It’s early on a Tuesday morning at the moment, and I’m wedged into a tiny economy seat somewhere above the Alps. I’m pretending I’m a giant right now, with my long long legs folded up (gracefully, of course) nearly knees to nose and my elbows tucked in tight to my rib cage to avoid accidentally bashing any of the posse of passengers around me. In a way I have to be thankful for modern air travel – because the reality is I’ve got rather short legs and in a strange silly way I’m quite enjoying this moment of make-believe that I’m suddenly in possession of long lovely limbs! Who would’ve ever expected to be happy for airlines condensing the seats for increased capacity?!
Not long from now I’ll be touching down and disembarking at Dubrovnik, Croatia. And I realized just now that I have absolutely no idea what I’ll do or where I’ll go when I arrive! This trip has come about quickly and I haven’t spent any time yet looking up or making any plans. Typically I’ll book a room for my first night before I arrive… but I forgot to do that this time!
Honestly this is how I love to travel. I have no timeline or itinerary, no work to think about, and all my decisions can be entirely in the moment if I want. Look at me embracing the mindfulness movement!
Several hours later now and I’m settled into my bunk bed at a hostel in the city. It’s been a while since I’ve stayed in a dorm room-style hostel, but I’ve got a privacy curtain around my bed, a light and and outlet to charge my phone, and wifi so that’s all I need! I know I’m about a million years older than the rest of my roommates, but it doesn’t matter. I feel like since I’m in the same stage of life – unencumbered and trying to figure out what to do now with the rest of my life – that it gives me a pass to be here too!
I spent the afternoon walking around Dubrovnik, not the famous walled Old City yet, I’ll save that for later, but along the pier and around the central city. It’s beautiful here. The sea and the rolling mountains clamouring for space, white stone buildings with red tile roofs wedged in with a wild array of trees everywhere. A light rain started to fall while I was still out, the kind that doesn’t seem to soak but is just enough to add a sheen of sparkle to the world.
As I was walking this evening, I chatted with someone who said that Mostar is a great place to go on an easy day trip from Dubrovnik. The weather here is supposed to be rainy again tomorrow so I decided I’d take up that suggestion and go! Bosnia and Herzegovina here I come!!
Destination: Cebu City in central Philippines, departing from Calgary, western Canada. That takes a lot of travel time between the two, especially when one is travelling on extra cheap tickets that aren’t as direct as could be otherwise. But do I mind? Nope – not a bit! In fact, I’m rather pleased with how it turned out, and that was even before I realized we totally won the Economy Flight Seat Lottery. You know how when you’re walking up to your departure gate and just hoping that the person who sits beside you holds similar beliefs in hygiene & personal boundaries as yourself… that’s hoping for a win in modern economy flying. And somehow on these flights Mike and I scored the jackpot: a free upgrade on the first flight, then an entire row of four seats to ourselves where we could stretch out and sleep on the next flight, and the only empty seat on the plane next to me on the last flight. The whole time I kept thinking how grateful I was for these little perks!!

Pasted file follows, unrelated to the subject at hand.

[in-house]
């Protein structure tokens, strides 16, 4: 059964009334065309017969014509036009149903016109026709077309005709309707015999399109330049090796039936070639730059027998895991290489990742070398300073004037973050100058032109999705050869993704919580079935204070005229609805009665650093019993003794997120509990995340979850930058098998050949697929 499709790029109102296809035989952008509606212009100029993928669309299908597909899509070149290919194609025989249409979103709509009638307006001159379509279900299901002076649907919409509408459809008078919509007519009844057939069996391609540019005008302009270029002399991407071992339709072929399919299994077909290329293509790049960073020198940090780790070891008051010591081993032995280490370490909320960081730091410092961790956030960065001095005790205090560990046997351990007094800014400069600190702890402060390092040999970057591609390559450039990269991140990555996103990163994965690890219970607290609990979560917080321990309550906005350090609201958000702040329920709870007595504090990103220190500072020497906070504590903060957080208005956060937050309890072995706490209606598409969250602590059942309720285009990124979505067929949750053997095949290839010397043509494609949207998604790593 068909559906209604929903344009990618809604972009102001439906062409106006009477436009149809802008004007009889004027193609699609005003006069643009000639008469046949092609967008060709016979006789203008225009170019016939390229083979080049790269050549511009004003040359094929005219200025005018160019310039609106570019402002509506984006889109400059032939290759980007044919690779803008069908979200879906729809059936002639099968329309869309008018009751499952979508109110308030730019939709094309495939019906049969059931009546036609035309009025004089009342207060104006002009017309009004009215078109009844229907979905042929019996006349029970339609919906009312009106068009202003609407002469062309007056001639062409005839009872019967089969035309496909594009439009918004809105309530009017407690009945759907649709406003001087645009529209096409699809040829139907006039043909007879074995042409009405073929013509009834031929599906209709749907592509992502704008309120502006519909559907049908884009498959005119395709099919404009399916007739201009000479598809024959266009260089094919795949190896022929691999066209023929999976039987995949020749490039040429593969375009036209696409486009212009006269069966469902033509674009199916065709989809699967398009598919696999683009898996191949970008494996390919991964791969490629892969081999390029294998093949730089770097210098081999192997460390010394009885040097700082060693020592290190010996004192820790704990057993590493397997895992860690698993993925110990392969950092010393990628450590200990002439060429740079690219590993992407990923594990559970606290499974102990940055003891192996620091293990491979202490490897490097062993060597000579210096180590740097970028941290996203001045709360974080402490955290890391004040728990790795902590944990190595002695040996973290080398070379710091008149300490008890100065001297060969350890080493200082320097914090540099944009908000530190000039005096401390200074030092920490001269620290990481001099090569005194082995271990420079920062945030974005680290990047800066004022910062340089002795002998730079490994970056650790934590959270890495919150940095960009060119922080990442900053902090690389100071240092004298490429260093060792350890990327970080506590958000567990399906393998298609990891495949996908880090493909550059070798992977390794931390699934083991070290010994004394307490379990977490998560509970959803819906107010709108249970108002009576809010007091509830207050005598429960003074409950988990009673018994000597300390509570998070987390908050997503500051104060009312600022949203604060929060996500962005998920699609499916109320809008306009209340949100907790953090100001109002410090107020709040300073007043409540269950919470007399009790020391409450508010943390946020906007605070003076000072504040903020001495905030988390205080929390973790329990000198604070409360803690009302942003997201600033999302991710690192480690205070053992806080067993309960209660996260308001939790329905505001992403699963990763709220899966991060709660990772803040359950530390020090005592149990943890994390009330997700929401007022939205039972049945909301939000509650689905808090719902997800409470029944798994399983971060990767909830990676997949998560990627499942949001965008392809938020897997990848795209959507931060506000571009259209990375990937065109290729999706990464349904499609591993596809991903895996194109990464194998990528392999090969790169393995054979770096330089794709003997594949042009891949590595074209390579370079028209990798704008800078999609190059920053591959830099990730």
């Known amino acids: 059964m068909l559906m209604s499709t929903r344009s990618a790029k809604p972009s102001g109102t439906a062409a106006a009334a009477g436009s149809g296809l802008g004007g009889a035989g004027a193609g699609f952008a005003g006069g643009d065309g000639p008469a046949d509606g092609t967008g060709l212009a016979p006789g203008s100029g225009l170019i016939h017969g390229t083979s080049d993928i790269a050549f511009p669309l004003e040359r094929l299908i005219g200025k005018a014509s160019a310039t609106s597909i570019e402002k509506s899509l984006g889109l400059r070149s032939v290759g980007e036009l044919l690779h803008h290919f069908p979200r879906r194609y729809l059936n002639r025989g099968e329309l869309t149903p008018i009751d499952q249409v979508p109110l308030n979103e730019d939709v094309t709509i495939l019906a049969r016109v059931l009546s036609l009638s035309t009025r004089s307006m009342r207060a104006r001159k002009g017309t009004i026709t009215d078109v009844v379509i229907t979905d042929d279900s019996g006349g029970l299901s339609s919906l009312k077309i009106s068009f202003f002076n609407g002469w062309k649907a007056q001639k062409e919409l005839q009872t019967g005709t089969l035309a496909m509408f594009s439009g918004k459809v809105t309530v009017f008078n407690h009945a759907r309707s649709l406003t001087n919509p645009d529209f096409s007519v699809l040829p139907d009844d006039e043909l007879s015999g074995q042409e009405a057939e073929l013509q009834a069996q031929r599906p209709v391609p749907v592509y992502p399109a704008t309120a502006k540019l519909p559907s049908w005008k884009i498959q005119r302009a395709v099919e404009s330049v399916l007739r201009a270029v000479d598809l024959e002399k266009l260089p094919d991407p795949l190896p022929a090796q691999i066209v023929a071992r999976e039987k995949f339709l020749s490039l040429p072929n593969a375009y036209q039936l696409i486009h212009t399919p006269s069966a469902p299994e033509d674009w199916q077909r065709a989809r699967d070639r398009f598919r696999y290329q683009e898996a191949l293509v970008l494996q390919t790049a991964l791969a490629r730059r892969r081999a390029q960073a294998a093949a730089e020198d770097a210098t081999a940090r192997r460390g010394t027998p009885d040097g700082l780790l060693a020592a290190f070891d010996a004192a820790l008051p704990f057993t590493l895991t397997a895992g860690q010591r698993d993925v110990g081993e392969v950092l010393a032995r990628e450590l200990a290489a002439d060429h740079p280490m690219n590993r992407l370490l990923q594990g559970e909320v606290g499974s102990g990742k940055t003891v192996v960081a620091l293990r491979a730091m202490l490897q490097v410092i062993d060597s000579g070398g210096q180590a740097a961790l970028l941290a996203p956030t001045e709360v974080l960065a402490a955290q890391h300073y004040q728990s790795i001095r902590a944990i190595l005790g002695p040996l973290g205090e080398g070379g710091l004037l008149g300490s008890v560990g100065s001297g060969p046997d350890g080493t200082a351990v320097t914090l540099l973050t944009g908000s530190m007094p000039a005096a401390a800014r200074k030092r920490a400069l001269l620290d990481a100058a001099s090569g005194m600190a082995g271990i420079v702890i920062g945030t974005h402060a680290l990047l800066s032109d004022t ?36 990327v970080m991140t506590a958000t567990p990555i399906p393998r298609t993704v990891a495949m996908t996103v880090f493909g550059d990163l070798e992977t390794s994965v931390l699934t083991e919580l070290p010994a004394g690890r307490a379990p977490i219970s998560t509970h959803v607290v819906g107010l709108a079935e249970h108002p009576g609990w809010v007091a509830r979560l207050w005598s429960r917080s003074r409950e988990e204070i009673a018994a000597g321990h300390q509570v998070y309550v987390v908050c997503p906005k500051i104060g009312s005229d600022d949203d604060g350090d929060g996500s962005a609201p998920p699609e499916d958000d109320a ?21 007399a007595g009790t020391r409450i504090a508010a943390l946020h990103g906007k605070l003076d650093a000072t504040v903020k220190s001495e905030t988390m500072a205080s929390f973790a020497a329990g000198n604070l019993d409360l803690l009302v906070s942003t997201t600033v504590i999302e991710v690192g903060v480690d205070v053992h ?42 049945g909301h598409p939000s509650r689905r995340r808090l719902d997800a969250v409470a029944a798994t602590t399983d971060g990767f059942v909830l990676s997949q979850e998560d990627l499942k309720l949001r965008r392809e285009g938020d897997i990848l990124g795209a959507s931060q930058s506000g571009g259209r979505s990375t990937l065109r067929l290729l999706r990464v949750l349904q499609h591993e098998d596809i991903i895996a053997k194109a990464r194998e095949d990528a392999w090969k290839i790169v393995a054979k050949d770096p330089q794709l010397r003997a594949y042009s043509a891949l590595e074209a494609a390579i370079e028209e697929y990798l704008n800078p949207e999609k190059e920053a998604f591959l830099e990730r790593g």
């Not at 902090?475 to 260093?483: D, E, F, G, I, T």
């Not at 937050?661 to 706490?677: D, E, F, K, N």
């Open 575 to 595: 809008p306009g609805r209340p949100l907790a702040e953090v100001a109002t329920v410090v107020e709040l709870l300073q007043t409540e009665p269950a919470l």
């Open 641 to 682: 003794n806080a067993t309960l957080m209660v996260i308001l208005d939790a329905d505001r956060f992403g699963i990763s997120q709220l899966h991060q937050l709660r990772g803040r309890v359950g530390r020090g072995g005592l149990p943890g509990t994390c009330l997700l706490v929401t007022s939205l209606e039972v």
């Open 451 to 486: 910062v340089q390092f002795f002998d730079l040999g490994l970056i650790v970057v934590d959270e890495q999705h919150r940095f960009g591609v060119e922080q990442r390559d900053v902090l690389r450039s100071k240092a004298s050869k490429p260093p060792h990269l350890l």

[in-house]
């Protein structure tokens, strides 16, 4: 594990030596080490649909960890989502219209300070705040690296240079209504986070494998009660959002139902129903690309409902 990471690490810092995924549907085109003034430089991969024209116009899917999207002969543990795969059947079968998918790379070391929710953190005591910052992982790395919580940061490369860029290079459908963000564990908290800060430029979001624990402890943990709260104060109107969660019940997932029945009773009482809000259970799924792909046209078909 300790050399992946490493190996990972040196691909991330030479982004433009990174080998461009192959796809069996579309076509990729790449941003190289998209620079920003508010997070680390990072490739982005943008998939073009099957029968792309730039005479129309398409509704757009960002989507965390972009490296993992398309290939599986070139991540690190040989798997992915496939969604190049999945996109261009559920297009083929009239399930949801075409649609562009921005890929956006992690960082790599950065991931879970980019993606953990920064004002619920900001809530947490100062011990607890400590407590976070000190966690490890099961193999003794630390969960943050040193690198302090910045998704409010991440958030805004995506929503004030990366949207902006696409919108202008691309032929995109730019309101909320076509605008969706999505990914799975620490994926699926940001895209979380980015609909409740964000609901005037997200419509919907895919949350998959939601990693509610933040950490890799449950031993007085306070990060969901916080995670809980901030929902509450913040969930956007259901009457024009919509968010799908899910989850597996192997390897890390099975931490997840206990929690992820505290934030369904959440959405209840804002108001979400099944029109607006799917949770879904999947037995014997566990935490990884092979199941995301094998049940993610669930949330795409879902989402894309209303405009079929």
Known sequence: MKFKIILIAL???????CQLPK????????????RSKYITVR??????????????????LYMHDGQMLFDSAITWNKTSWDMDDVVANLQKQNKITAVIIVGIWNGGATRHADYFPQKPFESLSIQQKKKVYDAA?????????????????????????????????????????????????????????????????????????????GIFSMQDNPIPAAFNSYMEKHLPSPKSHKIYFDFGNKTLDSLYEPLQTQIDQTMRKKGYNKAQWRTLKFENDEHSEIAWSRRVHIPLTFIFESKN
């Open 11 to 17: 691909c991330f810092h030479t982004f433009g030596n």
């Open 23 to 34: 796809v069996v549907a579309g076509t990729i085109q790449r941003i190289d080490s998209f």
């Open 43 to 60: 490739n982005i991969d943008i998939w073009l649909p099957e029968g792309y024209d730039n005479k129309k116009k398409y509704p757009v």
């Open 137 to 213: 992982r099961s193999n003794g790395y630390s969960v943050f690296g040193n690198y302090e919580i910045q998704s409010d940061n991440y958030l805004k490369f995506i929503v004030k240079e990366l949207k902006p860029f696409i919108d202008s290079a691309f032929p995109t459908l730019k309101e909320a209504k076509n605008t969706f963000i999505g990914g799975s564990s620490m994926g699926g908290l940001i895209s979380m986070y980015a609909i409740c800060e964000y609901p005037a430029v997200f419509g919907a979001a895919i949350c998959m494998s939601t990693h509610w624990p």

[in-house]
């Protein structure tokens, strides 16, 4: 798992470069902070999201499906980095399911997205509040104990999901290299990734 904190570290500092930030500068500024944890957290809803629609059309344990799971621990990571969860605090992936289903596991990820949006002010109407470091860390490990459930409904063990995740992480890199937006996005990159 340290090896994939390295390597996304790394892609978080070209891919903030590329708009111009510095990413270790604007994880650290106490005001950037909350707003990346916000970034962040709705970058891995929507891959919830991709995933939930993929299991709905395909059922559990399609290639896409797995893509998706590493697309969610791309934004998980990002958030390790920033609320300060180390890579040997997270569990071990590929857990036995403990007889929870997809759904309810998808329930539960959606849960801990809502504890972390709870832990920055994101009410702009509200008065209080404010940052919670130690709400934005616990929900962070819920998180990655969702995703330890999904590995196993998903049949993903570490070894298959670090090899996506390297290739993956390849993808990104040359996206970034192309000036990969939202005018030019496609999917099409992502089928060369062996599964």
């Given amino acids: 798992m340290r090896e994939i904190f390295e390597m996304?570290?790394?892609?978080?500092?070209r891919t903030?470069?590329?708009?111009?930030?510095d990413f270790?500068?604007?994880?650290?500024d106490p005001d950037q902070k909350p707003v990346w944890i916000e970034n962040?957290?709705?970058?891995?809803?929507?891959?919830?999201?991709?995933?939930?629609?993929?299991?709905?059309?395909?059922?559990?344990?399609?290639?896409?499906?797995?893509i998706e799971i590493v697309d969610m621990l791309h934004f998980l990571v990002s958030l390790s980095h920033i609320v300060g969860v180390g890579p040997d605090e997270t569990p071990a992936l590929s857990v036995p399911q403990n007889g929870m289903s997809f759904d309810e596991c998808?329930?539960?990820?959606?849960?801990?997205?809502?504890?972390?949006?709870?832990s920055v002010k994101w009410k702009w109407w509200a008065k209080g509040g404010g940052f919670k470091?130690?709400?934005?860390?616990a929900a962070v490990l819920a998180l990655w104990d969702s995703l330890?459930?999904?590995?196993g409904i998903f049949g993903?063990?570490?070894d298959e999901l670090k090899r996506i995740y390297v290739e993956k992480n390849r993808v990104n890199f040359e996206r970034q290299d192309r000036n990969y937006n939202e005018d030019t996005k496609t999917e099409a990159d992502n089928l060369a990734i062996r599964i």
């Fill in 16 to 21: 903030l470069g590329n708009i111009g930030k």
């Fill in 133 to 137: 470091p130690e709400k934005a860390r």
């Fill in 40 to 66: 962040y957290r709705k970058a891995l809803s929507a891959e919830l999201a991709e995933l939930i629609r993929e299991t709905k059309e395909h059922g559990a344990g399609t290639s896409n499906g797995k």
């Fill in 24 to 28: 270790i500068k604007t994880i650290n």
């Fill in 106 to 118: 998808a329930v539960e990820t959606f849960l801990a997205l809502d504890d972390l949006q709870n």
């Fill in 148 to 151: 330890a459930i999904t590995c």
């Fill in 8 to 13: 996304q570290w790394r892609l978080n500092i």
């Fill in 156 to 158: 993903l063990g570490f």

I don’t know for sure, but I wonder if some of that luck may have been due to the agent who first checked us in. As he flipped through my passport he commented on how full it was, and we bantered briefly about my expensive addiction, then his face changed to mock shock when he saw Mike’s empty passport. The three of us shared a laugh about the drastic contrasts in our experiences before he wished us a happy journey and we rushed off to clear security.
Our itinerary included a nearly eight-hour stopover in Shanghai before the last flight, and I was fairly confident that would give us enough time to escape the airport so Mike could get a little taste of China. I had been a couple years earlier, and loved Shanghai, so I was excited about showing that to someone new. Generally a tourist visa is required ahead of time to enter China, but select cities will permit travellers with confirmed onward tickets 72 hours to visit the city. Our luggage was tagged all the way through to Cebu so we didn’t need to worry about hauling that around with us, and there is a separate line in the customs hall for temporary transit visas that moved quite quickly.
The easiest way to the city’s famous sights from the airport is to take the Maglev train. The station connected to the airport has a display where I learned all about the Maglev – for instance, that’s short for Magnetic Levitation – and this train reaches speeds of 430 km/hour. I loved that we could skip an hour-long cab ride for eight minutes on the train! Mike loved the train.
After the Maglev we transferred to the underground metro, and then up to East Nanjing and the hub of tourism in Shanghai. It’s a little like Times Square with the busy pedestrian streets full of towering shops and bright digital ads… but unfortunately I didn’t take any photos of this – so I’m supplementing with shots from the last time I was there to at least give some visual…